Enforcement and Awareness of Distracted Driving Laws Reduces the Risk of Car Accidents in Manhattan, Elsewhere
Our Manhattan car accident attorneys know that New York City is one of the greatest tourists spots in the country but when tourists visit and are unaware of distracted driving laws in our state, and local residents ignore the law it creates a high risk for car accidents in New York City.
According to the Governors Highway Safety Association, New York is one of only 9 states that considers driving with a handheld cell phone a primary offense and motorists can be ticketed without other cause.
New York also prohibits text messaging by all drivers. Knowledge of state laws and awareness that you can be ticketed are key components in reversing what has become a public health threat in our country with an average of 15 deaths caused by distracted driving every day.
A pilot study in New York and Connecticut has provided positive results in reducing the number of distracted driving accidents occurring in Syracuse and Hartford. According to the National Highway Traffic Safety Administration advertising, public awareness through campaigning and heightened law enforcement throughout the two cities has shown a reduction in cell phone-related accidents throughout the four phases of the program.
Each program was provided $300,000 in state and federal funding to resource towards enhancing law enforcement throughout the city as well as using public address announcements and other forms of advertisement to sway motorists from talking on their cell phone while driving. The "Phone in One Hand, Ticket in the Other" slogan was campaigned throughout each city to drive the point home to motorists that if they chose to talk or text they would be pulled over.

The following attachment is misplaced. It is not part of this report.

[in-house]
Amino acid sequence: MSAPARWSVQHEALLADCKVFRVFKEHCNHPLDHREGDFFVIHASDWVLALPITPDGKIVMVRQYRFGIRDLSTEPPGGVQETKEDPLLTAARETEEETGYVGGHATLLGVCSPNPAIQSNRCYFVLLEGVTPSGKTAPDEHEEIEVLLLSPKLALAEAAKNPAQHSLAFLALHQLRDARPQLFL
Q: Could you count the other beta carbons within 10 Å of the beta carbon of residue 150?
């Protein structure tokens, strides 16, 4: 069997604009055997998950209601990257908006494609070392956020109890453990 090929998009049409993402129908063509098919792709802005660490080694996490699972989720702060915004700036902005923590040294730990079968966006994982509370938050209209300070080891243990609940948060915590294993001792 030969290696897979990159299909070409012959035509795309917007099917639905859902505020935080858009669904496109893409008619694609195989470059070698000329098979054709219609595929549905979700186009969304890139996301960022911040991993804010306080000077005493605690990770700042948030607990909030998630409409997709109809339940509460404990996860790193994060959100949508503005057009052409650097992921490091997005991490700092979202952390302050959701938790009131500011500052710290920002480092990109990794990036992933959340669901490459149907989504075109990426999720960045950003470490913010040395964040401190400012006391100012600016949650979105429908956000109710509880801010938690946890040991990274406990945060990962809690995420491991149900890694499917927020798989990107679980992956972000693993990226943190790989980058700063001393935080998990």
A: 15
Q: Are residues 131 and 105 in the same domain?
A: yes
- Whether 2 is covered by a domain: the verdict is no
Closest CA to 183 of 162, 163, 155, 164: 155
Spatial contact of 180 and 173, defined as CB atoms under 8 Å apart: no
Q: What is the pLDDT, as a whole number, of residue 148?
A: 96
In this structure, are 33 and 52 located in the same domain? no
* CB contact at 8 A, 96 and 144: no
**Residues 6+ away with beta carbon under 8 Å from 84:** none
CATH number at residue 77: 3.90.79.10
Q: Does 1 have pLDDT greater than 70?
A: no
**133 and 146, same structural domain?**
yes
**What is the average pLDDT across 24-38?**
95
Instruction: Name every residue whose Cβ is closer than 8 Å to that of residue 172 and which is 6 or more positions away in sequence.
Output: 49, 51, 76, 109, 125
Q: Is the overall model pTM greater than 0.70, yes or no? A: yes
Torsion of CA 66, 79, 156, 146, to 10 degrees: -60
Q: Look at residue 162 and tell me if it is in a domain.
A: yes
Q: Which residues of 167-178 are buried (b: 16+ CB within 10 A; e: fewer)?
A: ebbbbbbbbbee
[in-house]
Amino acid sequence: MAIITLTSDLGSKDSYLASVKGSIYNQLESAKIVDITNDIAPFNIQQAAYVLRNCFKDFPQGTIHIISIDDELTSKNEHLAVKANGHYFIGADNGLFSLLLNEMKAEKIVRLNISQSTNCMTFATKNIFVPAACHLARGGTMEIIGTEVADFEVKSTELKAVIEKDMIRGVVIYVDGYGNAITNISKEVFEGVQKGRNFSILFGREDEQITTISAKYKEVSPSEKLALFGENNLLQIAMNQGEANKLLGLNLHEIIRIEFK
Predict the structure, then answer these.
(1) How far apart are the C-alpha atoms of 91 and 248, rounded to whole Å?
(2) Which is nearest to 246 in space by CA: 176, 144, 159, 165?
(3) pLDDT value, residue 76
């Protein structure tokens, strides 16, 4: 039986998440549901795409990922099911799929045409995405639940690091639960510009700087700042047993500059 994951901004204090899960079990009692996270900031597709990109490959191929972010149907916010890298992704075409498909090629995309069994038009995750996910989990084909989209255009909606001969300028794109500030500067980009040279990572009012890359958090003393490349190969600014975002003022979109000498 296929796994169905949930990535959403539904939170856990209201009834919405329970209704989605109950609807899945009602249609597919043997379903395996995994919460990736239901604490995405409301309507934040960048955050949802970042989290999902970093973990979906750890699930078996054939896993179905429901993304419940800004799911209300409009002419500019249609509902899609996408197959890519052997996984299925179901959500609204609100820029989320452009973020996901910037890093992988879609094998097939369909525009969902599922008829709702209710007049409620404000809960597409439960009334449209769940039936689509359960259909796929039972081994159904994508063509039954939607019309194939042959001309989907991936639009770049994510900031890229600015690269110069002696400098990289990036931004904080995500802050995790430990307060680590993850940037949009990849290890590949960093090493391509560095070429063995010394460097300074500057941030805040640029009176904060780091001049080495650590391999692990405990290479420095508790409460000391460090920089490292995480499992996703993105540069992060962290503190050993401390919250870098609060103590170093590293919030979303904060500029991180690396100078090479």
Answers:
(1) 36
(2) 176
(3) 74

The New York results:
-High visibility enforcement resulted in a decline of one-third less handheld cell phone use and texting practices while driving.
-9,587 violations were cited to drivers during the four phases of the program.
"The success of these pilot programs clearly show that combining strong laws with strong enforcement can bring about a sea change in public attitudes and behavior," said NHTSA Administrator David Strickland. "We applaud the work of the men and women of the Syracuse and Hartford police forces, and call on state legislatures, law enforcement and safety advocates across the nation to follow their lead."
GHSA reports no state bans all drivers from using cell phones completely, meaning prohibiting both handheld and hands-free use of devices while behind the wheel. Instead, each state has addressed cell phone use and texting allowances on an individual basis.
This could all change very soon. According to an article in Auto Trends, the proposed Safe Drivers Act of 2011 is a bill that would call on the government to federalize banning cell phone use while driving nationwide. The only exception under the proposed bill would be to call for emergency help.
The downside if passed is that cognitive distractions would still exist because hands-free devices located in the vehicle would still be permitted. Once the Safe Drivers Act of 2011 is passed, states would need to mandate and comply with enforcing the law within two years or else risk losing considerable federal funding provided to the state.
A call for consistency is definitely needed to help motorists understand that distracted driving is not tolerated no matter where you live or where you visit. Finding a way to reduce deaths and injuries caused by distracted drivers using a cell phone is necessary and an important step in our future.